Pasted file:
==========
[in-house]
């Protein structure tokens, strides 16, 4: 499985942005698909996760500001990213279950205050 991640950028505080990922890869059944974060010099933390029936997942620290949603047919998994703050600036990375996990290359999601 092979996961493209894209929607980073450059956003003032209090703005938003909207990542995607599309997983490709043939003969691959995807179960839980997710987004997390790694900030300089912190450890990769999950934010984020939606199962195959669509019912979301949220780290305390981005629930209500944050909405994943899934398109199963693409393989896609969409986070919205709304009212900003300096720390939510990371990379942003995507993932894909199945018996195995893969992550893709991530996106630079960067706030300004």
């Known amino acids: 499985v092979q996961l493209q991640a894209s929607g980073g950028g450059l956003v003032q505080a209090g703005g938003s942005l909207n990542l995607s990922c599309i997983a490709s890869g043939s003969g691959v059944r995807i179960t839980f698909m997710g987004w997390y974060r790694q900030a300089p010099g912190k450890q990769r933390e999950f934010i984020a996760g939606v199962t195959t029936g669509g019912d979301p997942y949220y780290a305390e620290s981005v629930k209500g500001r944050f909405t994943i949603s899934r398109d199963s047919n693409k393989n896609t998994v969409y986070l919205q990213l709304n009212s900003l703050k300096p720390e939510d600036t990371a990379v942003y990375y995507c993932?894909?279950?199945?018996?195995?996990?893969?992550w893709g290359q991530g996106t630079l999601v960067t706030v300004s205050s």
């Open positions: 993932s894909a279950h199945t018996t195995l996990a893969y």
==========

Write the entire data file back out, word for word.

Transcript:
[in-house]
């Protein structure tokens, strides 16, 4: 499985942005698909996760500001990213279950205050 991640950028505080990922890869059944974060010099933390029936997942620290949603047919998994703050600036990375996990290359999601 092979996961493209894209929607980073450059956003003032209090703005938003909207990542995607599309997983490709043939003969691959995807179960839980997710987004997390790694900030300089912190450890990769999950934010984020939606199962195959669509019912979301949220780290305390981005629930209500944050909405994943899934398109199963693409393989896609969409986070919205709304009212900003300096720390939510990371990379942003995507993932894909199945018996195995893969992550893709991530996106630079960067706030300004």
């Known amino acids: 499985v092979q996961l493209q991640a894209s929607g980073g950028g450059l956003v003032q505080a209090g703005g938003s942005l909207n990542l995607s990922c599309i997983a490709s890869g043939s003969g691959v059944r995807i179960t839980f698909m997710g987004w997390y974060r790694q900030a300089p010099g912190k450890q990769r933390e999950f934010i984020a996760g939606v199962t195959t029936g669509g019912d979301p997942y949220y780290a305390e620290s981005v629930k209500g500001r944050f909405t994943i949603s899934r398109d199963s047919n693409k393989n896609t998994v969409y986070l919205q990213l709304n009212s900003l703050k300096p720390e939510d600036t990371a990379v942003y990375y995507c993932?894909?279950?199945?018996?195995?996990?893969?992550w893709g290359q991530g996106t630079l999601v960067t706030v300004s205050s």
């Open positions: 993932s894909a279950h199945t018996t195995l996990a893969y």